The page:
SMU Political Science Professor Cal Jillson

"I like to call him because he often has time for actual conversations, which helps me learn more about an issue or issues and generally leads to broader story themes and ideas for future stories."
Tom Squitieri,

"Cal has great knowledge of how we got to where we are. He understands how government and politics work, [and] he has great credibility in analyzing a situation and predicting what's likely to happen and the implications of it for Joe Citizen."
Doug Fox, former political reporter,


Cal talks to Bob Moser, a contributing writer for The Nation, about the revival of the Texas Democratic Party. "Until three years ago, the Texas Democratic Party was just brain-dead and prostrate," he said. Read more.

WIDE AWAKE AND WORRIED:
TODAY'S AMERICAN MIDDLE CLASS

Soaring gasoline prices, defaulting mortgages, outsourced jobs, skyrocketing college tuition and stagnant income growth have Americans anxious about the future. Has the American Dream -- the belief that anybody who works hard enough can move up the economic ladder -- become merely a talking point for politicians? How does a nation with increasing diversity and inequality keep the dream alive? Despite two long economic booms in the 1980s and 1990s, the dream has been fading for many Americans:

  • To save on labor costs, U.S. companies downsized mid-level managers in record numbers. Also the number of Americans without health insurance passed 43 million.
  • An increasing number of people are stuck in place economically, with no mobility either up or down.
  • College degrees are obtainable mostly by those whose parents already have money or education.

In Pursuing the American Dream: Opportunity and Exclusion Over Four Centuries (University Press of Kansas, 2004), Southern Methodist University Political Scientist Cal Jillson explores the origins of this cherished American ideal and the modern impediments to achieving it. With up-to-date studies showing how the dream has changed over time, Jillson recommends ways to keep it alive in the 21st century, among them:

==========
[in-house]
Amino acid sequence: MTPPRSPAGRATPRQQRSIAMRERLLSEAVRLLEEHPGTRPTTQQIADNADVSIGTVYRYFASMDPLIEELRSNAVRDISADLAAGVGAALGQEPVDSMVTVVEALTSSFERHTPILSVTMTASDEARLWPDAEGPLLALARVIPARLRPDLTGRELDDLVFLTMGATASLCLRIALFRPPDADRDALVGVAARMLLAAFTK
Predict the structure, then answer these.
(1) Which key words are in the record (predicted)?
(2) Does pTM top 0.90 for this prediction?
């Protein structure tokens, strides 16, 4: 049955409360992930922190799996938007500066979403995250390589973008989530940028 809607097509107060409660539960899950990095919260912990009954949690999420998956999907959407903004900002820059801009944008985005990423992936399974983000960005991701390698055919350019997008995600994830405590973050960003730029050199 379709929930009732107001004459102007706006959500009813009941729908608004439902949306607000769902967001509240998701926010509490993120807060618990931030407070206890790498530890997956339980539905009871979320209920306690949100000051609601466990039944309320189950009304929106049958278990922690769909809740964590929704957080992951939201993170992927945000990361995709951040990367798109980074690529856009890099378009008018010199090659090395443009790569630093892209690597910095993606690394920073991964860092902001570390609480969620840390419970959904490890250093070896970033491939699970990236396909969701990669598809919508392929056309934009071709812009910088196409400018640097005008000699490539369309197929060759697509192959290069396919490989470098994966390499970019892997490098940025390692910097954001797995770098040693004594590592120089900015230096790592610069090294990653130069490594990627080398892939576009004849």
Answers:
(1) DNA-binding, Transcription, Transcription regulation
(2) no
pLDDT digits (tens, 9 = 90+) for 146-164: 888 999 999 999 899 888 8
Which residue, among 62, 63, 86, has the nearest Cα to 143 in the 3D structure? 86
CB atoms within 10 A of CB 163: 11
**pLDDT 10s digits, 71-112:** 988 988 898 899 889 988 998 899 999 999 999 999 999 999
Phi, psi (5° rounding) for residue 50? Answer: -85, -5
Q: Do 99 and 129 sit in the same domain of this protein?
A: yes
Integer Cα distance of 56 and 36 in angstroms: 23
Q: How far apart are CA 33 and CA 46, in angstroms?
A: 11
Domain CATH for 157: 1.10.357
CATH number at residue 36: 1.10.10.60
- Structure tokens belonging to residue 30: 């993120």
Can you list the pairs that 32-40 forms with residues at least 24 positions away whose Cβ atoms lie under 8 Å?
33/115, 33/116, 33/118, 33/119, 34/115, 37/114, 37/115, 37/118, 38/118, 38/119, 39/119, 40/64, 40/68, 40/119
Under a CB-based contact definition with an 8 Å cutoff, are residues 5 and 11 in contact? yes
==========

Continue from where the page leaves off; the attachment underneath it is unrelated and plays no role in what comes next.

• At 47 percent of the labor force, women need to be paid equal to men and have the same opportunities, despite leaving temporarily for child rearing.
  • The federal government can help middle class, working class, and poor families with college by increasing Pell Grants, tax rebates and offering free tuition for good students.
  • Expand access to Medicaid and enroll more children in state-run health insurance plans to insure that struggling families have access to health care.
  • From housing to work to education, America needs to commit to affirmative action policies. Frequently asked by the national media to comment on politics, Jillson is an expert on the development of American institutions and third parties.

Pursuing the American Dream is Jillson's sixth book. It can be ordered from the University Press of Kansas by phone at 785-864-4155 or from their Web site (www.kansaspress.ku.edu).

To learn more about what Jillson can talk about, call SMU News and Communications at 214-768-7650.

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